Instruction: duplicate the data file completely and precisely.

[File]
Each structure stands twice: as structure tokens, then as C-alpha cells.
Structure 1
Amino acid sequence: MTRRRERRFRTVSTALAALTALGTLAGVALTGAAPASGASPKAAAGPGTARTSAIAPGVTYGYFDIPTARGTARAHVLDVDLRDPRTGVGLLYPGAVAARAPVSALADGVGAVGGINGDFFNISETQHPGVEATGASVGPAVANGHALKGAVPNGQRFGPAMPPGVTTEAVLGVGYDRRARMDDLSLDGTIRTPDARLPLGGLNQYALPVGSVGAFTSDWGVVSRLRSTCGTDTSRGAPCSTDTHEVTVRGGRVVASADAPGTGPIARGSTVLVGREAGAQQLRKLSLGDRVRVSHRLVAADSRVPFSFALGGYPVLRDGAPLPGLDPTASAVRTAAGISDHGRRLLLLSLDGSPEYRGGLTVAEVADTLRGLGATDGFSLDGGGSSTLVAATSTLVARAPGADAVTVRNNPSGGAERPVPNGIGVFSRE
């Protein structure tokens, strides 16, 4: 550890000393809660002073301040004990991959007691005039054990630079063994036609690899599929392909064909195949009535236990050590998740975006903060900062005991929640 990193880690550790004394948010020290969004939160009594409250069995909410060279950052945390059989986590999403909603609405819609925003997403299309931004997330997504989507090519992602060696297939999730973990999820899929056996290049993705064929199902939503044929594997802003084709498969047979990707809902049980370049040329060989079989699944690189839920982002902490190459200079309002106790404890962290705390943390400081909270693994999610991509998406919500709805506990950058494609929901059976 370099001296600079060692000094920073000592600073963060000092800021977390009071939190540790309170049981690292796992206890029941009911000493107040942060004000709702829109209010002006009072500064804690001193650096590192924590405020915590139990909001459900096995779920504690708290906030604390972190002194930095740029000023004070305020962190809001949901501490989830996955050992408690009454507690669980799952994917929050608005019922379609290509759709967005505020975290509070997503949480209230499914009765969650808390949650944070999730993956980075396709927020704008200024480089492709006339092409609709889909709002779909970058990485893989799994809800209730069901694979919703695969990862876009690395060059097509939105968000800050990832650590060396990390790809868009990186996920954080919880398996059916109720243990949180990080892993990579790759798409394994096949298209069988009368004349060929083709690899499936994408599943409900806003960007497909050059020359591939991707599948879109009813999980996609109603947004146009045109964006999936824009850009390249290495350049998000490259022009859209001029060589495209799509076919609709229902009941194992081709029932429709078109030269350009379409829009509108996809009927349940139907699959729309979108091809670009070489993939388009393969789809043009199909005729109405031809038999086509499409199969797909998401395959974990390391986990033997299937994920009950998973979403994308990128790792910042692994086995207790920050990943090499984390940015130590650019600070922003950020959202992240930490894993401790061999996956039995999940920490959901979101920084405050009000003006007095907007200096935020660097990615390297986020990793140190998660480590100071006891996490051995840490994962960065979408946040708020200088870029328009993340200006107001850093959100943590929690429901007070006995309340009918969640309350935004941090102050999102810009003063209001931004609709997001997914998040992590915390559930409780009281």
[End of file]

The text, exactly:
Each structure stands twice: as structure tokens, then as C-alpha cells.
Structure 1
Amino acid sequence: MTRRRERRFRTVSTALAALTALGTLAGVALTGAAPASGASPKAAAGPGTARTSAIAPGVTYGYFDIPTARGTARAHVLDVDLRDPRTGVGLLYPGAVAARAPVSALADGVGAVGGINGDFFNISETQHPGVEATGASVGPAVANGHALKGAVPNGQRFGPAMPPGVTTEAVLGVGYDRRARMDDLSLDGTIRTPDARLPLGGLNQYALPVGSVGAFTSDWGVVSRLRSTCGTDTSRGAPCSTDTHEVTVRGGRVVASADAPGTGPIARGSTVLVGREAGAQQLRKLSLGDRVRVSHRLVAADSRVPFSFALGGYPVLRDGAPLPGLDPTASAVRTAAGISDHGRRLLLLSLDGSPEYRGGLTVAEVADTLRGLGATDGFSLDGGGSSTLVAATSTLVARAPGADAVTVRNNPSGGAERPVPNGIGVFSRE
């Protein structure tokens, strides 16, 4: 550890000393809660002073301040004990991959007691005039054990630079063994036609690899599929392909064909195949009535236990050590998740975006903060900062005991929640 990193880690550790004394948010020290969004939160009594409250069995909410060279950052945390059989986590999403909603609405819609925003997403299309931004997330997504989507090519992602060696297939999730973990999820899929056996290049993705064929199902939503044929594997802003084709498969047979990707809902049980370049040329060989079989699944690189839920982002902490190459200079309002106790404890962290705390943390400081909270693994999610991509998406919500709805506990950058494609929901059976 370099001296600079060692000094920073000592600073963060000092800021977390009071939190540790309170049981690292796992206890029941009911000493107040942060004000709702829109209010002006009072500064804690001193650096590192924590405020915590139990909001459900096995779920504690708290906030604390972190002194930095740029000023004070305020962190809001949901501490989830996955050992408690009454507690669980799952994917929050608005019922379609290509759709967005505020975290509070997503949480209230499914009765969650808390949650944070999730993956980075396709927020704008200024480089492709006339092409609709889909709002779909970058990485893989799994809800209730069901694979919703695969990862876009690395060059097509939105968000800050990832650590060396990390790809868009990186996920954080919880398996059916109720243990949180990080892993990579790759798409394994096949298209069988009368004349060929083709690899499936994408599943409900806003960007497909050059020359591939991707599948879109009813999980996609109603947004146009045109964006999936824009850009390249290495350049998000490259022009859209001029060589495209799509076919609709229902009941194992081709029932429709078109030269350009379409829009509108996809009927349940139907699959729309979108091809670009070489993939388009393969789809043009199909005729109405031809038999086509499409199969797909998401395959974990390391986990033997299937994920009950998973979403994308990128790792910042692994086995207790920050990943090499984390940015130590650019600070922003950020959202992240930490894993401790061999996956039995999940920490959901979101920084405050009000003006007095907007200096935020660097990615390297986020990793140190998660480590100071006891996490051995840490994962960065979408946040708020200088870029328009993340200006107001850093959100943590929690429901007070006995309340009918969640309350935004941090102050999102810009003063209001931004609709997001997914998040992590915390559930409780009281």